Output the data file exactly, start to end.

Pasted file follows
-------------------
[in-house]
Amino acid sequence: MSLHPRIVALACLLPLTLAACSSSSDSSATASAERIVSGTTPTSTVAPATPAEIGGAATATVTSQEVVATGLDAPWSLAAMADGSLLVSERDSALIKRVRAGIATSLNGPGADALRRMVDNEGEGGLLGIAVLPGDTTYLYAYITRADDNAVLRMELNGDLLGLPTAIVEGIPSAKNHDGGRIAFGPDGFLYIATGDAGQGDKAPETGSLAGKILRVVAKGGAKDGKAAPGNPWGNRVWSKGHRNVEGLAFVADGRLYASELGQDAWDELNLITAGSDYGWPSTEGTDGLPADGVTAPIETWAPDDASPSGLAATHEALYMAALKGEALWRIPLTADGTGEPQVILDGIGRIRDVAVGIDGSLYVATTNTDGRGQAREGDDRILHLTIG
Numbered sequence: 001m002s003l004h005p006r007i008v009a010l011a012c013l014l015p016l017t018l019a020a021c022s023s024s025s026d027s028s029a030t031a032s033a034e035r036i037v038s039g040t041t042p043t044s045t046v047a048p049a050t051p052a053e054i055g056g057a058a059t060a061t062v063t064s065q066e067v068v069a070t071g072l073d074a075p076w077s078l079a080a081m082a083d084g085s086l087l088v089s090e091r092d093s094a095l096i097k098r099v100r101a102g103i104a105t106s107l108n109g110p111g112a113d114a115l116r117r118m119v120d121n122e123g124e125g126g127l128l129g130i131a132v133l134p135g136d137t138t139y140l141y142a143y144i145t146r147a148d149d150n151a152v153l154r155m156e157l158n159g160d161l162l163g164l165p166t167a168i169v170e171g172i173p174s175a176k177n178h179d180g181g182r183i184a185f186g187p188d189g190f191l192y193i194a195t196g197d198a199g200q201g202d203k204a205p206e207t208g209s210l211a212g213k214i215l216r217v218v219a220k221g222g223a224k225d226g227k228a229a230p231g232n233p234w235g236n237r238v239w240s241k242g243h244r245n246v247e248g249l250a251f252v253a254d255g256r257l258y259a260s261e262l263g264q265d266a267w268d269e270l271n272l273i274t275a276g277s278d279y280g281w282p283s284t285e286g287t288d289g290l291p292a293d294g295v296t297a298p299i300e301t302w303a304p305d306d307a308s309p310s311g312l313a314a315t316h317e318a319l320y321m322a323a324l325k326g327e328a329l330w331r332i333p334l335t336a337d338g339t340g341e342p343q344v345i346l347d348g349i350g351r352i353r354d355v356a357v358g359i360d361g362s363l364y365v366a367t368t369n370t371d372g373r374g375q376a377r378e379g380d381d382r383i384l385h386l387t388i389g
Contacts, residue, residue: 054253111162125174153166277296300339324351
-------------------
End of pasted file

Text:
[in-house]
Amino acid sequence: MSLHPRIVALACLLPLTLAACSSSSDSSATASAERIVSGTTPTSTVAPATPAEIGGAATATVTSQEVVATGLDAPWSLAAMADGSLLVSERDSALIKRVRAGIATSLNGPGADALRRMVDNEGEGGLLGIAVLPGDTTYLYAYITRADDNAVLRMELNGDLLGLPTAIVEGIPSAKNHDGGRIAFGPDGFLYIATGDAGQGDKAPETGSLAGKILRVVAKGGAKDGKAAPGNPWGNRVWSKGHRNVEGLAFVADGRLYASELGQDAWDELNLITAGSDYGWPSTEGTDGLPADGVTAPIETWAPDDASPSGLAATHEALYMAALKGEALWRIPLTADGTGEPQVILDGIGRIRDVAVGIDGSLYVATTNTDGRGQAREGDDRILHLTIG
Numbered sequence: 001m002s003l004h005p006r007i008v009a010l011a012c013l014l015p016l017t018l019a020a021c022s023s024s025s026d027s028s029a030t031a032s033a034e035r036i037v038s039g040t041t042p043t044s045t046v047a048p049a050t051p052a053e054i055g056g057a058a059t060a061t062v063t064s065q066e067v068v069a070t071g072l073d074a075p076w077s078l079a080a081m082a083d084g085s086l087l088v089s090e091r092d093s094a095l096i097k098r099v100r101a102g103i104a105t106s107l108n109g110p111g112a113d114a115l116r117r118m119v120d121n122e123g124e125g126g127l128l129g130i131a132v133l134p135g136d137t138t139y140l141y142a143y144i145t146r147a148d149d150n151a152v153l154r155m156e157l158n159g160d161l162l163g164l165p166t167a168i169v170e171g172i173p174s175a176k177n178h179d180g181g182r183i184a185f186g187p188d189g190f191l192y193i194a195t196g197d198a199g200q201g202d203k204a205p206e207t208g209s210l211a212g213k214i215l216r217v218v219a220k221g222g223a224k225d226g227k228a229a230p231g232n233p234w235g236n237r238v239w240s241k242g243h244r245n246v247e248g249l250a251f252v253a254d255g256r257l258y259a260s261e262l263g264q265d266a267w268d269e270l271n272l273i274t275a276g277s278d279y280g281w282p283s284t285e286g287t288d289g290l291p292a293d294g295v296t297a298p299i300e301t302w303a304p305d306d307a308s309p310s311g312l313a314a315t316h317e318a319l320y321m322a323a324l325k326g327e328a329l330w331r332i333p334l335t336a337d338g339t340g341e342p343q344v345i346l347d348g349i350g351r352i353r354d355v356a357v358g359i360d361g362s363l364y365v366a367t368t369n370t371d372g373r374g375q376a377r378e379g380d381d382r383i384l385h386l387t388i389g
Contacts, residue, residue: 054253111162125174153166277296300339324351